After years of line-up changes, alt-rockers Fuel is ready to begin a new chapter in the band’s history.
The band’s new line-up, including original lead singer Brett Scallions, bassist Brad Stewart, guitarist Andy Andersson, and drummer Shannon Boone, are getting ready to release the first Fuel album in six years.
Fuel is best known for hits such as “Shimmer,” “Hemorrhage (In My Hands),” and “Bad Day.”
Currently, the band is headlining the Big Night Out tour with Alien Ant Farm and Hoobastank.
I had the chance to talk to Scallions during their tour stop at The Paramount in Huntington, New York on July 11, to discuss the tour, the new album, his departure and return to the band, and working hard.
How has the tour been going so far? I know it’s only been a week…
Yeah, we’ve only been out for like a week, so… You know. There’s been a getting to know each other kind of week and stuff, but we’re all having a great time, I mean…
You guys have toured together with…
We’ve never toured together, but we’ve done lots of shows together, festivals and what not. Every once in a while we would pop up on the same bill together, but we’ve never toured together like this where the buses are following each other and we’re basically convoying from town to town, so… It’s fine man, you know, we all get along really good. We’re all here for/ have the same common goal, which is to go out and have fun, play great rock shows and hang with the fans.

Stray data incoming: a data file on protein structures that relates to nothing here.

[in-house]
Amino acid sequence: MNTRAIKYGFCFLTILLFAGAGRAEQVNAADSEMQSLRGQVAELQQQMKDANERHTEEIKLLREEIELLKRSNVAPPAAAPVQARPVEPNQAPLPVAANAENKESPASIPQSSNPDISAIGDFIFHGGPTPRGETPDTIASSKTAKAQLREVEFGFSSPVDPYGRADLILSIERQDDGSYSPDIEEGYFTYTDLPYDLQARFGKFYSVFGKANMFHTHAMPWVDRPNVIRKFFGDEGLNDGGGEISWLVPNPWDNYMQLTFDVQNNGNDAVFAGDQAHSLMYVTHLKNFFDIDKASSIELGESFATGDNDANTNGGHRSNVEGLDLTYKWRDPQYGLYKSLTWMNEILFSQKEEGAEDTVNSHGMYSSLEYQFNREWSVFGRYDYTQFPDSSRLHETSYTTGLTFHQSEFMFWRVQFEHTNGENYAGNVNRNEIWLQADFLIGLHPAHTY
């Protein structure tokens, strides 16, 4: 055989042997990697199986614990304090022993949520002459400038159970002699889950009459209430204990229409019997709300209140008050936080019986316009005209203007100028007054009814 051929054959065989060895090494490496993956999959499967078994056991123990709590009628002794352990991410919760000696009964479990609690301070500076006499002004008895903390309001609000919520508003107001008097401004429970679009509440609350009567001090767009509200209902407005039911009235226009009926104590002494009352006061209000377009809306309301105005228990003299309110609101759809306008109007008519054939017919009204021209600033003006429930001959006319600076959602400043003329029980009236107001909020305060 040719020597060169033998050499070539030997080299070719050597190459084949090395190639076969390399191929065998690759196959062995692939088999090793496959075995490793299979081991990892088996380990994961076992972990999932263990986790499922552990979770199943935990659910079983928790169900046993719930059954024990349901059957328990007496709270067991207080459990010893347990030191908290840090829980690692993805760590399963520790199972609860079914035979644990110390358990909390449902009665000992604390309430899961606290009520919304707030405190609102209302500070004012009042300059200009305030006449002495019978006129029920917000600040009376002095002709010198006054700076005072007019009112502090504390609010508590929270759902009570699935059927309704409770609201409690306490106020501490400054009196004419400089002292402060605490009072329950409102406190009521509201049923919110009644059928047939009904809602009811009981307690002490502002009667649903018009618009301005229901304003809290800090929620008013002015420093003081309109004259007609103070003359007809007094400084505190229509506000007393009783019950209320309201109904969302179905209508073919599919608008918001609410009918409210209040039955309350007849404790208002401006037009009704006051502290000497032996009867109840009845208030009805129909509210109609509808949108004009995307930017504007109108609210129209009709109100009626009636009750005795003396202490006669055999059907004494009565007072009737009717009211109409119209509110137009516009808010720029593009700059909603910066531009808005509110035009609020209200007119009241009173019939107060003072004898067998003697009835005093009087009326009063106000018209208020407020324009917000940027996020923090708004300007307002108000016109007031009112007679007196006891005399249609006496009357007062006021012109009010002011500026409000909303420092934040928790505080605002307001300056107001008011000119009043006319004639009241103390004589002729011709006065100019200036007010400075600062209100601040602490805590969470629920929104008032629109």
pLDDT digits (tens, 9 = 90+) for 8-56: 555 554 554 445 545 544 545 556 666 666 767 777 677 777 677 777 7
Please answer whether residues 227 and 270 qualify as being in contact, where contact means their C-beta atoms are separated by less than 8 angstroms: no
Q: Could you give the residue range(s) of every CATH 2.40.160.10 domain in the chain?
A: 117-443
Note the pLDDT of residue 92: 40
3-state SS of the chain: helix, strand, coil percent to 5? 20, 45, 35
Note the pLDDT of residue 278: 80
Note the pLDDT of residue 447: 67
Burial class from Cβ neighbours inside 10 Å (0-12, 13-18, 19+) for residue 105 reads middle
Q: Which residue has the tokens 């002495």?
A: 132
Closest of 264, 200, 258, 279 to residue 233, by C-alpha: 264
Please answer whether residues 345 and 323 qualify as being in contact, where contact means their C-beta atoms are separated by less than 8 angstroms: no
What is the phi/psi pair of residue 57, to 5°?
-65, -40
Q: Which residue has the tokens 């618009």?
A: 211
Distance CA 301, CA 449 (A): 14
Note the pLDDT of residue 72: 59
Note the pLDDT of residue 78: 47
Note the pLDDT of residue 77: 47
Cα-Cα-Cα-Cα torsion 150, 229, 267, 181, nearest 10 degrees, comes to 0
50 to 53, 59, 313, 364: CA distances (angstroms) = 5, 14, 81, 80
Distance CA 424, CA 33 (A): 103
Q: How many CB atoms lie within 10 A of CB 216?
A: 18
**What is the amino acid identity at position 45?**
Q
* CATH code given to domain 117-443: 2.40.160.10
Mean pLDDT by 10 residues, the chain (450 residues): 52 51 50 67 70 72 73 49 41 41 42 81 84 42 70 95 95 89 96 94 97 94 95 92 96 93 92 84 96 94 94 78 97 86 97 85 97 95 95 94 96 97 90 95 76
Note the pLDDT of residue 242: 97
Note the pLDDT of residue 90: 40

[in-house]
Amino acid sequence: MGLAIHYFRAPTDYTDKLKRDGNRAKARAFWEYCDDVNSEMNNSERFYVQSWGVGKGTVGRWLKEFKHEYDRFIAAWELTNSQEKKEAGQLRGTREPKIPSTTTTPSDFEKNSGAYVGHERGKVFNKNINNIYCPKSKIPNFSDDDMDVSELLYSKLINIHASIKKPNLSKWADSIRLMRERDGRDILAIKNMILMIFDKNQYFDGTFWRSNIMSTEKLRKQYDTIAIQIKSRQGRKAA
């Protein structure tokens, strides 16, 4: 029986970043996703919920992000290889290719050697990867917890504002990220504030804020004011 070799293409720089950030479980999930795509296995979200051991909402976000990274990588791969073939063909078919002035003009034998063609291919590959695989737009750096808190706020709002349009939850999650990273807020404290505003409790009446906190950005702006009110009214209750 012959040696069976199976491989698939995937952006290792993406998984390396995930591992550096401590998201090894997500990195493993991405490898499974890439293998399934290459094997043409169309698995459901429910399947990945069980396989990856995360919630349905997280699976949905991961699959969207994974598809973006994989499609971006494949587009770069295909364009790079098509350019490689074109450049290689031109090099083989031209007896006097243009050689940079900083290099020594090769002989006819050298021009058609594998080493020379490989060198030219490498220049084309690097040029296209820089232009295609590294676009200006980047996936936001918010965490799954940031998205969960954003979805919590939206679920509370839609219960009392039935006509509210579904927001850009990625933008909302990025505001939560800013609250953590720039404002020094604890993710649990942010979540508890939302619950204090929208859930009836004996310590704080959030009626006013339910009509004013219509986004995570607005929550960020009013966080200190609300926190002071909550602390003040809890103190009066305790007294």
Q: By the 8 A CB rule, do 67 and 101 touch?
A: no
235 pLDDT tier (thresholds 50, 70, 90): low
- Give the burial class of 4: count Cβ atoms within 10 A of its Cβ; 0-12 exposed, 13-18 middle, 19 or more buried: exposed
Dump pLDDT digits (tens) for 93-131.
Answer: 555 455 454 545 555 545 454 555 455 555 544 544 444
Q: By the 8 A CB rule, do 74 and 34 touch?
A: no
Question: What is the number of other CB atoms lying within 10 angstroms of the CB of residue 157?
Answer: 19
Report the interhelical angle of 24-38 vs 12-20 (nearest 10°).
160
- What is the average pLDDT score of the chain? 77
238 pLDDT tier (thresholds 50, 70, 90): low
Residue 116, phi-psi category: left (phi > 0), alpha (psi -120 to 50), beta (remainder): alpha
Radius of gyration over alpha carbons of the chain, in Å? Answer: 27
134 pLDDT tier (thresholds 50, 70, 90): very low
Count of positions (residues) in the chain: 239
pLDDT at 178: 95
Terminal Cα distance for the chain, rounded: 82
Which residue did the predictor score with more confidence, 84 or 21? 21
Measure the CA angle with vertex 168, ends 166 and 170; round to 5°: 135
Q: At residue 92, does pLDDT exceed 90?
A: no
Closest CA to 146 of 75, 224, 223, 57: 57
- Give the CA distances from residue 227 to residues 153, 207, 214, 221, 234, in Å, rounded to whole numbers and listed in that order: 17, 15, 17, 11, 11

All three of the bands on this tour have had really big hits in the late 90s/early 00s. There are a lot of these kinds of tours out there right now, like packaged, like 90s bands…Why do you think those are so popular right now?
You can’t stop the sands of time, you know. And luckily for us, the good thing is… you’re saying that we’re bands from the 90s, but… we’re still able to do this, which is something that I know I feel fortunate about. We have a new record coming out really soon and you know it’s… I think I can speak for all of us when we hope to be able to have the opportunity in our careers to do what the Stones do, or what U2 does, or, you know, those guys have been around for far longer than any of us, so… We continue to move on. Like I said earlier, you can’t stop the sands of time. All you can do is mature and continue to grow mentally and artistically and write better songs.
You mentioned the new album. How’s that going?